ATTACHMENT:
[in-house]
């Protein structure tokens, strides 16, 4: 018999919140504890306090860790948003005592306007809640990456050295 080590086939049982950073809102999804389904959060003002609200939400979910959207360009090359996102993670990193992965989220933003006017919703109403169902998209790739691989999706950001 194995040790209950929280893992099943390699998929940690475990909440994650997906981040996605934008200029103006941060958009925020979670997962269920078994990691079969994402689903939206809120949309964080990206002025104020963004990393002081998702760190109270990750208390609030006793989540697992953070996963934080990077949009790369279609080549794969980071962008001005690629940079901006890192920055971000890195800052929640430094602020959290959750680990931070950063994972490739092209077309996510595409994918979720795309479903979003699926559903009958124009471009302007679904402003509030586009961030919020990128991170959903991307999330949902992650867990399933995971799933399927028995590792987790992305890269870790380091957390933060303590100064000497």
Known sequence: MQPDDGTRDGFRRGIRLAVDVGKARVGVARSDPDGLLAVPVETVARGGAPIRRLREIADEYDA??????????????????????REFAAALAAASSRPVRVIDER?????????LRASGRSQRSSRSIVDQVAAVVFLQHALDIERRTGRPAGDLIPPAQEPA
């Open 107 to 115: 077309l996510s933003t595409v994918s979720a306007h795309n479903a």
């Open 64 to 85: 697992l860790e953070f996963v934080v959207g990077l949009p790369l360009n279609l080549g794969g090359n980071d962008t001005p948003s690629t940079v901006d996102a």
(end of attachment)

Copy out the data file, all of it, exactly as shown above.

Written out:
[in-house]
């Protein structure tokens, strides 16, 4: 018999919140504890306090860790948003005592306007809640990456050295 080590086939049982950073809102999804389904959060003002609200939400979910959207360009090359996102993670990193992965989220933003006017919703109403169902998209790739691989999706950001 194995040790209950929280893992099943390699998929940690475990909440994650997906981040996605934008200029103006941060958009925020979670997962269920078994990691079969994402689903939206809120949309964080990206002025104020963004990393002081998702760190109270990750208390609030006793989540697992953070996963934080990077949009790369279609080549794969980071962008001005690629940079901006890192920055971000890195800052929640430094602020959290959750680990931070950063994972490739092209077309996510595409994918979720795309479903979003699926559903009958124009471009302007679904402003509030586009961030919020990128991170959903991307999330949902992650867990399933995971799933399927028995590792987790992305890269870790380091957390933060303590100064000497």
Known sequence: MQPDDGTRDGFRRGIRLAVDVGKARVGVARSDPDGLLAVPVETVARGGAPIRRLREIADEYDA??????????????????????REFAAALAAASSRPVRVIDER?????????LRASGRSQRSSRSIVDQVAAVVFLQHALDIERRTGRPAGDLIPPAQEPA
């Open 107 to 115: 077309l996510s933003t595409v994918s979720a306007h795309n479903a």
């Open 64 to 85: 697992l860790e953070f996963v934080v959207g990077l949009p790369l360009n279609l080549g794969g090359n980071d962008t001005p948003s690629t940079v901006d996102a």